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“If public health officials recommended that everyone stay at home for a month because of a serious outbreak of coronavirus in your community, how likely are you to stay home for a month?” When Gallup recently put this question to Americans, 76 percent of Democrats and 47 percent of Republicans answered “Very likely.” This partisan gap coheres with an earlier YouGov survey finding (replicated by NPR/Marist 😞 By a 2 to 1 margin (58 percent versus 29 percent), Republicans more than Democrats believed “the threat of coronavirus has been exaggerated.” The gap extends to mask wearing, with mostly maskless shut-down protestors storming my state’s capitol. Politico headlined that wearing a mask is for smug liberals,” adding “For progressives, masks have become a sign that you take the pandemic seriously.” Given how right George W. Bush was to remind us “how small our differences are in the face of this shared threat,” my social scientist curiosity is tickled: Why the gap? What is it about being a Democrat that makes one more accepting of disruptive sheltering-in-place and mask-wearing? It’s not because kindred-spirited Democrats control the White House bully pulpit and the federal agencies that recommended sheltering-in-place. It’s likely not because Democrats are more submissively docile and obedient of authority. It’s not because Democrats are more fearful of threatening diseases, or have had more COVID-19-related experiences. And no, it’s seemingly not because Democrats are more knowledgeable about basic science. When Pew in 2019 gave Americans a science knowledge test, Republicans and Democrats were about equally likely to know, for example, that the tilt of the Earth’s axis determines the seasons, that antibiotic overuse produces antibiotic resistance, and that a control group helps determine the effectiveness of a new drug. So what gives? And why, in another Gallup survey, is there an even greater political gap in concerns about climate change—with 77 percent of Democrats and only 16 percent of Republicans being “concerned believers”: people who believe that climate warming will pose a serious threat, that it’s human-caused, and that news reports about it are accurate or underestimate the problem. As one who grew up Republican—my beloved business-owning father was Washington State treasurer of Nixon for President—I scratch my head. Why has the conservative party I associate with family values, low taxes, and business-supportive policies become so unsupportive of people’s right to life under a pandemic and of our conserving the environment for our grandchildren? One answer, reports University of Montana psychologist Luke Conway, is that conservatives are small government folks. They resist government intervention in their lives. A second answer comes from another Pew survey . Although telling me your political affiliation won’t clue me to your basic science knowledge, it will clue me to your science attitudes. Should scientists take “an active role in public policy debates?” Yes, say 73 percent of Democrats and 43 percent of Republicans. Even among those with high science knowledge, Republicans (64 percent) are much more likely than Democrats (39 percent) to “say scientists are just as likely to be biased as other people.” Speaking to protestors here in Michigan’s state capitol, David Clarke, a former Milwaukee County, Wisconsin, sheriff, reportedly mocked “bending the curve,” scorned “so-called experts” who created the six-foot social distancing recommendation “out of their rear ends,” and declared the coronavirus death count phony. (Actually, excess mortality data indicate the death count underestimates the toll.) Conservative commentator Yuval Levin, a former science adviser to President George W. Bush, also notes how social media and the Internet diminish respect for scientific expertise: “People tend to think that the expert is just a person. And so now information is available anywhere. And so anyone can be an expert.” If Levin is right, this is the Dunning-Krueger effect writ large (the least competent people most overestimating their knowledge). Another source of science skepticism may be the reversal of Republicans being the party of college graduates (as were 54 percent in 1994 versus only 39 percent of Democrats). By 2017 those numbers had exactly flipped. More education used to predict Republican voting. Now it predicts Democratic voting. Highly educated scientists, for example, now identify as Democratic rather than Republican by a 10 to 1 margin (55 to 6 percent). Does a Democratic-leaning academia—with 6 in 10 college professors identifying as “liberal”—explain why only one-third of Republicans (but two-thirds of Democrats) now perceive colleges and universities having a positive effect “on the way things are going in the country”? And, in addition to valid concerns for jobs and the economy, does Republicans’ suspicion of higher education and the role of scientists in public policy feed their push to reopen the country? Despite scientists’ progressive leanings, we can credit them with listening to their data and then letting the chips fall. Yes, I know, science is not an utterly neutral, value-free enterprise. But credit science with the pursuit of truth—with giving us research findings that sometimes affirm progressive views (about climate risk, sexual orientation, and socially toxic inequality), but also sometimes affirm conservative views (about the contribution of marriage to human flourishing, the association of religiosity with health and well-being, and growth mindsets that power individual initiative). And take note of the rising voices within academia who, in the words of the Heterodox Academy movement, believe that “diverse viewpoints & open inquiry are critical to research and learning.” As psychologist Scott Lilienfeld declares in a forthcoming special issue of Archives of Scientific Psychology, the welcome mat is now out even for “unpopular ideas.” If we educators can help people appreciate both the nonpartisan nature of scientific findings and academia’s openness to a free marketplace of ideas, then might we enable tomorrow’s citizens—whether Democrat or Republican—to welcome the wisdom of science? (For David Myers’ other essays on psychological science and everyday life, visit TalkPsych.com .)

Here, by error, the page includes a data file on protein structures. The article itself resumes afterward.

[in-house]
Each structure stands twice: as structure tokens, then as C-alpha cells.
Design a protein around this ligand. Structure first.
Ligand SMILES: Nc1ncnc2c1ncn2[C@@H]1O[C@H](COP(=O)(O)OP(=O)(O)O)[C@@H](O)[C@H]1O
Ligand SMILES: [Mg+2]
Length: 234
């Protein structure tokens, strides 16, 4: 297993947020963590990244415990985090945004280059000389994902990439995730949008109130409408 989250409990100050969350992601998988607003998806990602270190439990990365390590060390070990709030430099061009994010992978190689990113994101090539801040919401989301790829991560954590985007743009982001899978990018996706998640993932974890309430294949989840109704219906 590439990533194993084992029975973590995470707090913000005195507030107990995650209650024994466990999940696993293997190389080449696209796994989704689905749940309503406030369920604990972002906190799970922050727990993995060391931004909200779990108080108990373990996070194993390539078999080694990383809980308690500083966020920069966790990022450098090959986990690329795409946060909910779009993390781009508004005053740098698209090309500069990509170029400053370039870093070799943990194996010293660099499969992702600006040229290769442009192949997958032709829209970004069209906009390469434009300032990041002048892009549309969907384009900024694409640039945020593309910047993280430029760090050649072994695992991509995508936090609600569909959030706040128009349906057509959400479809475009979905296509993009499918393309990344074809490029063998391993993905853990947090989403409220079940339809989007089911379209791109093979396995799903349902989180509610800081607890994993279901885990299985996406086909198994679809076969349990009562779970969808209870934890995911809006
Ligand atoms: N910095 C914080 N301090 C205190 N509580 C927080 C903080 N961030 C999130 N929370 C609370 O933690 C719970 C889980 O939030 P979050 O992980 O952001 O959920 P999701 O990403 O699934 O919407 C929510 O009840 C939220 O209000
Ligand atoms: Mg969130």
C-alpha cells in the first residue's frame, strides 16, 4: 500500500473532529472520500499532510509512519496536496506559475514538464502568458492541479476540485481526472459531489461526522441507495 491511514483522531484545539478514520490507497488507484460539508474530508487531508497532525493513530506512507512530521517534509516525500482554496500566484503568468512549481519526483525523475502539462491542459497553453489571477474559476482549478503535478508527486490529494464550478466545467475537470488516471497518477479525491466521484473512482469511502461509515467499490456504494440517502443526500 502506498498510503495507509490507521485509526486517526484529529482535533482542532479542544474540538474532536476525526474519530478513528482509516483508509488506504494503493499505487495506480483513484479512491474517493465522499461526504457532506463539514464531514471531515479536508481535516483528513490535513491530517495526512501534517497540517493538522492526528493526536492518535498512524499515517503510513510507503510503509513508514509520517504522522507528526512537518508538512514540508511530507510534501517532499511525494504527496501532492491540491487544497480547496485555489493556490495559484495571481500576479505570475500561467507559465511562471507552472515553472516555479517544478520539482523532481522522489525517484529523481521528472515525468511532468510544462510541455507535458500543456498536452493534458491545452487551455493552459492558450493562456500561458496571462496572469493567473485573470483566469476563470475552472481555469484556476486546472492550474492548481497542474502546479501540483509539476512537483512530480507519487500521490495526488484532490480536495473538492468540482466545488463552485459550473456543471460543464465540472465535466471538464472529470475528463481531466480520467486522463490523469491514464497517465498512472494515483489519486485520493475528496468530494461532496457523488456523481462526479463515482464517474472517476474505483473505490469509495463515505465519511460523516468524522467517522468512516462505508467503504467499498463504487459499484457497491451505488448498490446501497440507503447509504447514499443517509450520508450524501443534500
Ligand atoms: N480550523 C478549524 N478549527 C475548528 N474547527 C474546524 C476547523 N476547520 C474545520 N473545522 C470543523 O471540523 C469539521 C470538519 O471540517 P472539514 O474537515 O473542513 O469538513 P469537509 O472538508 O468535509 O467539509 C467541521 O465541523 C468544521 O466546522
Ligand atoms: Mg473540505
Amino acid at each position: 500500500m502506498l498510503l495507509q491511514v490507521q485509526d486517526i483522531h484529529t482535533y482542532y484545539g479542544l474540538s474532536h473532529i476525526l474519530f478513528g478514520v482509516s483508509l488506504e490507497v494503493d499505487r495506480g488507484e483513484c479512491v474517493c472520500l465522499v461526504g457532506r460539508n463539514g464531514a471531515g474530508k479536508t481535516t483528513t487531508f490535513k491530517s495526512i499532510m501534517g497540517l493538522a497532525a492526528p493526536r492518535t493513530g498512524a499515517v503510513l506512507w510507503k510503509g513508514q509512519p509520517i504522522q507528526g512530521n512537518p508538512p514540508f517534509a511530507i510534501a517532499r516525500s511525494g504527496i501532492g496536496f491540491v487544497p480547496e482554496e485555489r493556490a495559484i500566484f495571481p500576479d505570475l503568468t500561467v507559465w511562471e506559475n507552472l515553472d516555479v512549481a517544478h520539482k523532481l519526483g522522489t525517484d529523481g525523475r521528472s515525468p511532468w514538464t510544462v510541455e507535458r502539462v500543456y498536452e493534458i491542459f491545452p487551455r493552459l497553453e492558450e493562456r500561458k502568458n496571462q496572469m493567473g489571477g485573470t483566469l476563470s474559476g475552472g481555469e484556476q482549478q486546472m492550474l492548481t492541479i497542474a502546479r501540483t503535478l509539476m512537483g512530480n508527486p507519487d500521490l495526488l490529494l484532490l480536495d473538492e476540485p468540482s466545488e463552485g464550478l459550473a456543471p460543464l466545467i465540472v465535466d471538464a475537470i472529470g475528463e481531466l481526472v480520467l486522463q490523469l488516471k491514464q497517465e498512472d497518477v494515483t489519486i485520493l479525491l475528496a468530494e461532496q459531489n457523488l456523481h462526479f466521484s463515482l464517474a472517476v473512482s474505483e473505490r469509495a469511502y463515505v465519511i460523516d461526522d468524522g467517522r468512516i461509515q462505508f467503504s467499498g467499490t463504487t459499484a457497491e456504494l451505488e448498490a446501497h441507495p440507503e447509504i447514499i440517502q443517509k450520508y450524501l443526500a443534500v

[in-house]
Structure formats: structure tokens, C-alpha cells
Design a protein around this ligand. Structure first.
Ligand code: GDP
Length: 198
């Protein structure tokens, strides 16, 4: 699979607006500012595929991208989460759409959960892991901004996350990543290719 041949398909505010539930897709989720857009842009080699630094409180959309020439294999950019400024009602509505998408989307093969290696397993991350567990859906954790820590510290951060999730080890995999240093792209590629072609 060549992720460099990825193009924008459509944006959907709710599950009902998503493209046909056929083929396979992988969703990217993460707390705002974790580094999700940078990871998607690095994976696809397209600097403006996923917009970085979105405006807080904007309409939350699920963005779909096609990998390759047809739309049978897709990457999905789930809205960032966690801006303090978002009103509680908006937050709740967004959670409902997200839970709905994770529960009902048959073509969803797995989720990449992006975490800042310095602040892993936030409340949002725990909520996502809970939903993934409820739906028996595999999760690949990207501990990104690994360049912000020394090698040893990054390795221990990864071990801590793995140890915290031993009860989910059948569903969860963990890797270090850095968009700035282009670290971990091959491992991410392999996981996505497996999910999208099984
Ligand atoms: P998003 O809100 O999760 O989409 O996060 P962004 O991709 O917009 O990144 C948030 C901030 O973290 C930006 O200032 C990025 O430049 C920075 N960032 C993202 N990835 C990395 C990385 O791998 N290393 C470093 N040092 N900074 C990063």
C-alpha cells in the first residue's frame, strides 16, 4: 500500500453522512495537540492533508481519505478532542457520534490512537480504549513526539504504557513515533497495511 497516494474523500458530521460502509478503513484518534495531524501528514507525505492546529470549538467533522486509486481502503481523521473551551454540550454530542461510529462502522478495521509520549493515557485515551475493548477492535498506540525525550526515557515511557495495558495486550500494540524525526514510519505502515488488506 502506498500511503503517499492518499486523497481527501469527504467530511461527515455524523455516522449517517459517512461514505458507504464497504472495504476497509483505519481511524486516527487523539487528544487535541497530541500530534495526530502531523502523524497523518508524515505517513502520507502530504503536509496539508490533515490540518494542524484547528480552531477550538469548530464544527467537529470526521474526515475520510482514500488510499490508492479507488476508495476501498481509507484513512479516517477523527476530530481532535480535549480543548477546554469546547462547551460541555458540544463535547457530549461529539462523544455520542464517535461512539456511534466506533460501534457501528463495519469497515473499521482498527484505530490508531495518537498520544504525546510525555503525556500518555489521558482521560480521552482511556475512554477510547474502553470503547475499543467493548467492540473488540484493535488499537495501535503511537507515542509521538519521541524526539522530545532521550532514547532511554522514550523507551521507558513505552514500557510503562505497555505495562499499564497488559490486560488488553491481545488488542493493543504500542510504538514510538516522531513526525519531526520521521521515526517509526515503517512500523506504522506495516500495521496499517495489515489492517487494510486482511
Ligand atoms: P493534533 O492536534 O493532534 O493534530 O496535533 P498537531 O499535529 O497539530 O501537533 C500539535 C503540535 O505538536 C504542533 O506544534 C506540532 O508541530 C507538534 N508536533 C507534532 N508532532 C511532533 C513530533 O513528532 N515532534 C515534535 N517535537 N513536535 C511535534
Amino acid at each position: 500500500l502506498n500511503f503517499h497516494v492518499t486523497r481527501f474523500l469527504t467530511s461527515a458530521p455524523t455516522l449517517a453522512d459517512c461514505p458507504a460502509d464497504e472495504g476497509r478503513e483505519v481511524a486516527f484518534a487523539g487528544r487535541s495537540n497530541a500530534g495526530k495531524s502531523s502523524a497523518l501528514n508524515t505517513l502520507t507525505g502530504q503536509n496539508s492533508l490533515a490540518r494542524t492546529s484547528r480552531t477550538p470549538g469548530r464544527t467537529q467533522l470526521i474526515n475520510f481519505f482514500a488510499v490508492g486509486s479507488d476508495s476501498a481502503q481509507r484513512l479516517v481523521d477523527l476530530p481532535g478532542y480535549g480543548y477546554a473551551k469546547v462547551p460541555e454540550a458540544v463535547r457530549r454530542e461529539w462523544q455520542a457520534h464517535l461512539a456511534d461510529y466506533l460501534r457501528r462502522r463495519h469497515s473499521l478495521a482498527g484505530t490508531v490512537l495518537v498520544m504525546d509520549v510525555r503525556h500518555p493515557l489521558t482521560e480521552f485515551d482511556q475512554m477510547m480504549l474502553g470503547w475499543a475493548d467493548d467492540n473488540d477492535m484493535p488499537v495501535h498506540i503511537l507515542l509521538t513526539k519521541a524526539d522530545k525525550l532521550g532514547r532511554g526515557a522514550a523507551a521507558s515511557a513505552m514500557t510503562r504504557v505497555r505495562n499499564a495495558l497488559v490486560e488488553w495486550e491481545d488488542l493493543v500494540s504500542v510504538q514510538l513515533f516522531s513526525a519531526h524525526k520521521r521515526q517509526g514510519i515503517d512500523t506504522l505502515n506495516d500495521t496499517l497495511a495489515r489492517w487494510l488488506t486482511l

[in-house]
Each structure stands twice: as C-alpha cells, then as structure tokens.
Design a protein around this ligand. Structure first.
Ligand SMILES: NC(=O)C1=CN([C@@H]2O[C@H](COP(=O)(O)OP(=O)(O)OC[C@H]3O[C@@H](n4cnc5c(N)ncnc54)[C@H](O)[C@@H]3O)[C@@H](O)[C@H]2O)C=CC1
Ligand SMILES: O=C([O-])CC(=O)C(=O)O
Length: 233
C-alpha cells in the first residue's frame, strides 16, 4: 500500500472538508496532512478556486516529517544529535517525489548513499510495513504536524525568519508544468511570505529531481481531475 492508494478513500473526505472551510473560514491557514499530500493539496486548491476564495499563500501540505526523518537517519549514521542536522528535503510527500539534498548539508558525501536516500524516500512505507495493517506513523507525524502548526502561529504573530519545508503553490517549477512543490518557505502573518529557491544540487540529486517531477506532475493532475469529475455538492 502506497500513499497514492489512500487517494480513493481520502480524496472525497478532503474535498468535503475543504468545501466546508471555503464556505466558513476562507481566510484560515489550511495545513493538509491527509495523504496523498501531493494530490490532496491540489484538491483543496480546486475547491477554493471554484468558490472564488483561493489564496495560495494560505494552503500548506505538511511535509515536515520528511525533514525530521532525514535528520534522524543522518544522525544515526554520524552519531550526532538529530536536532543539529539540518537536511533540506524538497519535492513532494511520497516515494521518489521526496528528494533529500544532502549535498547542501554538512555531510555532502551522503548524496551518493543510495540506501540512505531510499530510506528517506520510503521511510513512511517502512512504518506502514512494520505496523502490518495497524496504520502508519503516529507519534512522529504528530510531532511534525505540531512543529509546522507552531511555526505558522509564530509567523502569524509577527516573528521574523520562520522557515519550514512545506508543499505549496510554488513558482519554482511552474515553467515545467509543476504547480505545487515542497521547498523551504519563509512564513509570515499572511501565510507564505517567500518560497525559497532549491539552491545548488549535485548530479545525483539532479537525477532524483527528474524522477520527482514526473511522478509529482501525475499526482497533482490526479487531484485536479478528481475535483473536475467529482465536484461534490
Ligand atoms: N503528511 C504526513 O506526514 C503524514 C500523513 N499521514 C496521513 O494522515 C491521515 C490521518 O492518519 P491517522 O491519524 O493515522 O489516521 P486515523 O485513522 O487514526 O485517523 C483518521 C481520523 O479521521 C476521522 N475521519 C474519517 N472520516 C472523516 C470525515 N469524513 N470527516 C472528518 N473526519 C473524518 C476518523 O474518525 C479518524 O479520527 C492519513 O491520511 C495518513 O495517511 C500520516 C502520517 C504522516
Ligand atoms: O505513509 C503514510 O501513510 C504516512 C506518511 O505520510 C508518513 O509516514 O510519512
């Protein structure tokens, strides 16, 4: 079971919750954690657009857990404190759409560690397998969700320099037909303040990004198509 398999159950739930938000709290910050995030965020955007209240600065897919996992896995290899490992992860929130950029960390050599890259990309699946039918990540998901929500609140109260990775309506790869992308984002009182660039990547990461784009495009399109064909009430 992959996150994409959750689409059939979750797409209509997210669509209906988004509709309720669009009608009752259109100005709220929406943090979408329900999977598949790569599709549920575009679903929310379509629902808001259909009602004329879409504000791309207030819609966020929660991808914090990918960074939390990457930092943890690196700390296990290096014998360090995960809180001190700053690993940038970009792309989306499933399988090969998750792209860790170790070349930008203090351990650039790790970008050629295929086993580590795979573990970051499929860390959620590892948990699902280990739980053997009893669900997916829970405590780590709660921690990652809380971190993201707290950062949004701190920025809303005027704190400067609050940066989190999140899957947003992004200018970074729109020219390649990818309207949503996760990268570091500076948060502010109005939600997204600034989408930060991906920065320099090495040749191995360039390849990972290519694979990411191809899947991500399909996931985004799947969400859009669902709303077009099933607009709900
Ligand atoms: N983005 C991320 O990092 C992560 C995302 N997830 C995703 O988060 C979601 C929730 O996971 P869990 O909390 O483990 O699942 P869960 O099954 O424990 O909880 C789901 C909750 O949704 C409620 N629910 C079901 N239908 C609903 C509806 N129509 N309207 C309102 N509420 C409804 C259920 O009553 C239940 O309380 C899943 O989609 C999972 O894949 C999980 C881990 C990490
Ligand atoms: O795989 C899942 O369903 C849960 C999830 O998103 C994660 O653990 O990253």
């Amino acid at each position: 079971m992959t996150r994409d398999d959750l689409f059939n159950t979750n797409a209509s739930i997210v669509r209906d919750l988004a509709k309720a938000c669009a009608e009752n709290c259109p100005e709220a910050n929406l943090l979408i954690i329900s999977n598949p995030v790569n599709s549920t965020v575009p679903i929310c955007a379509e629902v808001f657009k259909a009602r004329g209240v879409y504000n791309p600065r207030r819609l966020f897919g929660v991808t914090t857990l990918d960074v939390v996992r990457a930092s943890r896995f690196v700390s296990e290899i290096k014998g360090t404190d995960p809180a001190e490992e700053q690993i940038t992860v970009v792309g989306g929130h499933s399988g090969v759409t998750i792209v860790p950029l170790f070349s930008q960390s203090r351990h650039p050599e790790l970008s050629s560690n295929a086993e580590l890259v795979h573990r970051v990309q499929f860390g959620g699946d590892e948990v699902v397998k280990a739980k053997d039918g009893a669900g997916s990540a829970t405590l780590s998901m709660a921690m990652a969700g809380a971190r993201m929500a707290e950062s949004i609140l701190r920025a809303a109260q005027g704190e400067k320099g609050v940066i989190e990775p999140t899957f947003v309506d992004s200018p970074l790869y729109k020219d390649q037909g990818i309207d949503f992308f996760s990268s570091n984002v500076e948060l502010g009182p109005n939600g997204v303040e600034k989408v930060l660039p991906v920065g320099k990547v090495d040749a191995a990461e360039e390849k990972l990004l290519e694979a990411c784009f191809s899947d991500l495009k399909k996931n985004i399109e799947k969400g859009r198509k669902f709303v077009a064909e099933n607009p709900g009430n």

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Those mindful of our human need to belong are surely unsurprised by the emotional challenges of shelter-in-place life. As social animals, our ancestors—and we, too—have flourished when connected in close, supportive relationships. To be physically distanced from friends, deprived of our communal parties, sports, and worship, isolated from work-mates, and unable to break bread with close friends is to have our social identities thwarted. Facebook, FaceTime, Zoom, Skype, Instagram, and messaging all help. Facebook’s mission—“To give people the power to build community and bring the world closer together”—has merit. Nevertheless, as psychologist Jean Twenge reminds us, screen-based relationships are but a partial substitute for how nature has designed us: for eyeball-to-eyeball relationships. Moreover, those crowded in small apartments with others may experience their own added challenges of too much contact, albeit with too few. So it doesn’t astonish us, though it should concern us, that a Kaiser Family Foundation late March national survey found that, as the Washington Post headlined, “Coronavirus is harming the mental health of tens of millions of people in U.S.” And we’re likely also not shocked by an early-April Gallup survey that found people experiencing heightened worry and stress: But consider a less obvious question: Who do you suppose is feeling most stressed and lonely—those young or old? If you guessed those old—those often alone and with so much less virtual socializing than those young and connected through social media—guess again. Who, for example, has in the last seven days reported feeling “lonely or isolated”? An AEI survey provides a clear answer: Ages 18–29: 69 percent Ages 30–49: 59 percent Ages 50–64: 45 percent Ages 65+: 39 percent Gallup replicated the age difference, noting that “ the decline in the percentage who are thriving is substantially greater among adults aged 18–44 than for older age groups.” That accelerates a nearly decade-long decline in teen and young adult mental health. Finally, a point to ponder from 18-year-old essayist Jamie Margolin : “The way the coronavirus disproportionately affects older people is the exact way the climate crisis disproportionately affects young people…. Older generations have the highest risk of dying from [the coronavirus]. When it comes to the climate crisis, most of the statistics are flipped: Young people will suffer the most.” Thus, a great question for our time: In our actions and voting, will we older folks (who feel grateful to younger folks who self-isolate to protect us from future harm) reciprocate with similar intergenerational altruism?